Metropolitan News-Enterprise


 Tuesday, February 24, 2009


Page 1


C.A.: Father’s Medical Marijuana Use Poses Threat to Children


By STEVEN M. ELLIS, Staff Writer


This district’s Court of Appeal has rejected a father’s challenge to a juvenile court order he said forced him to choose between the right to use medical marijuana and his children.

Holding in an opinion ordered published yesterday that the children’s physical and emotional health and safety was the paramount interest, and threatened by the father’s manner of marijuana use, Div. Three affirmed an order requiring the man to engage in drug counseling and testing.

The children, identified as Alexis E., Samantha E. and Elijah E., were detained by the Los Angeles County Department of Children and Family Services in December 2007 after being placed with their mother when their father was arrested for domestic violence.

The father, Patrick E., had separated from the children’s mother five years earlier, and the children’s detention stemmed from reports that he had been involved in physical altercations with two different girlfriends, both in the children’s presence, resulting in a domestic violence conviction from the first altercation, and pending charges on the second.

The alleged victim declined to press charges in the second altercation, but the mother told social workers she had been a victim of the father’s domestic abuse.

Negative Opinions

The children indicated a positive view of living with their mother, but expressed negative opinions about living with their father, saying the father was “never around,” and describing him as being “dangerous,” including yelling, scaring them, and inflicting corporal punishment.

They also described his altercations with his girlfriends as being mutually assaultive, and expressed dislike for the smell of his marijuana smoking, and its effect on him.

The father had a prescription for medical marijuana, although he admitted having used marijuana before obtaining the prescription, and he testified that he smoked one marijuana cigarette each morning and one at night for pain management resulting from knee surgery.

He also said he used the drug to help with anxiety stemming from major depression and recurrent and severe panic disorder, and denied smoking around the children, but Los Angeles Superior Court Judge Marilyn Mackel found that the court had jurisdiction based on the father’s history of domestic violence and substance abuse, and the risk that his continued marijuana use posed.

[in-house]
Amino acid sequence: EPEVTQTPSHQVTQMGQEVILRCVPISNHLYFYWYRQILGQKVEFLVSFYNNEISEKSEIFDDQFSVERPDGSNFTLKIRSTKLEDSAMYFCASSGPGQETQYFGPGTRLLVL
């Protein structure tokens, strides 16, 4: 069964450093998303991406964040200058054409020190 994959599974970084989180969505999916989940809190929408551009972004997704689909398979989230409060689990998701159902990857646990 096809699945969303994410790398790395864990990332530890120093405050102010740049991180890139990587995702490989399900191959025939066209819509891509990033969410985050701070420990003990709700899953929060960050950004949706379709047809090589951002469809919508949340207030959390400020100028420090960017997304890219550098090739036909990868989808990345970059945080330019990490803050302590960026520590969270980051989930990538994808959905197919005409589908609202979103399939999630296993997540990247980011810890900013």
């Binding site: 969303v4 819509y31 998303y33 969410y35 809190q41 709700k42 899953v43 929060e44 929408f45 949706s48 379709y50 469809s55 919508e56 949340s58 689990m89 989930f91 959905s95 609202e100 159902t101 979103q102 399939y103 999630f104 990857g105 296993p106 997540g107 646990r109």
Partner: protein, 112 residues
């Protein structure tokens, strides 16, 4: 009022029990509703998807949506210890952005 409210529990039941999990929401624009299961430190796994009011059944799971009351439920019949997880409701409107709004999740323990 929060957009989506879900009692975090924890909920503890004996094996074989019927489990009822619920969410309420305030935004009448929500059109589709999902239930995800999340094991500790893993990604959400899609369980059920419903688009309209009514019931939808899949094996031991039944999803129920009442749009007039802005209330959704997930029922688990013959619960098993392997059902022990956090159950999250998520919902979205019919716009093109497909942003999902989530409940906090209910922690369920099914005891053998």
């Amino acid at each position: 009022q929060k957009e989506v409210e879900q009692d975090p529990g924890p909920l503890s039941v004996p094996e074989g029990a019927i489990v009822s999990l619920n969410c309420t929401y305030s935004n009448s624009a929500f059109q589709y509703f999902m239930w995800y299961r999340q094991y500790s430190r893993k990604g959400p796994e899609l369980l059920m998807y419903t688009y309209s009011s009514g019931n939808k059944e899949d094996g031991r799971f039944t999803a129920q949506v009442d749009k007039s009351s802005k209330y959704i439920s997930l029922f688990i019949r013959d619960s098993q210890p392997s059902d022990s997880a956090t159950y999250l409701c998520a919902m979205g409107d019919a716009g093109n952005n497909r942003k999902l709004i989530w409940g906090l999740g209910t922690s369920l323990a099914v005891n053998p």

Jurisdictional Finding

On appeal, the father challenged the court’s jurisdictional finding as to his marijuana use and the threat it posed, and objected that Mackel’s order requiring drug counseling and testing violated his right to use medical marijuana, but Justice H. Walter Croskey rejected both theories.

He explained:

“[W]e have no quarrel with Father’s assertion that his use of medical marijuana, without more, cannot support a jurisdiction finding that such use brings the minors within the jurisdiction of the dependency court, not any more than his use of the medications prescribed for him by his psychiatrist brings the children within the jurisdiction of the court. However, we have…the ‘more’ that supports the court’s finding….”

Noting that the father’s admitted pre-prescription use of marijuana supported the juvenile court’s finding that the father had a history of substance abuse, Croskey said that the risk of harm to the minors was demonstrated by the presence of secondhand smoke to which they testified.

The justice reasoned the conclusion was supported by the absence of any authorization in the state’s Health and Safety Code for medical marijuana users to use the drug within 1,000 feet of schools, or recreation or youth centers, giving rise to a “reasonable inference…that use of marijuana near others can have a negative effect on them.”

Croskey similarly opined that the children’s testimony as to the father’s negative demeanor after using marijuana—given his mental condition—demonstrated a risk of harm, and suggested that the father’s marijuana use might be the cause of his anxiety problems.

Justices Patti S. Kitching and Richard D. Aldrich joined Croskey in his opinion.

The case is In re Alexis E., B207752.


Copyright 2009, Metropolitan News Company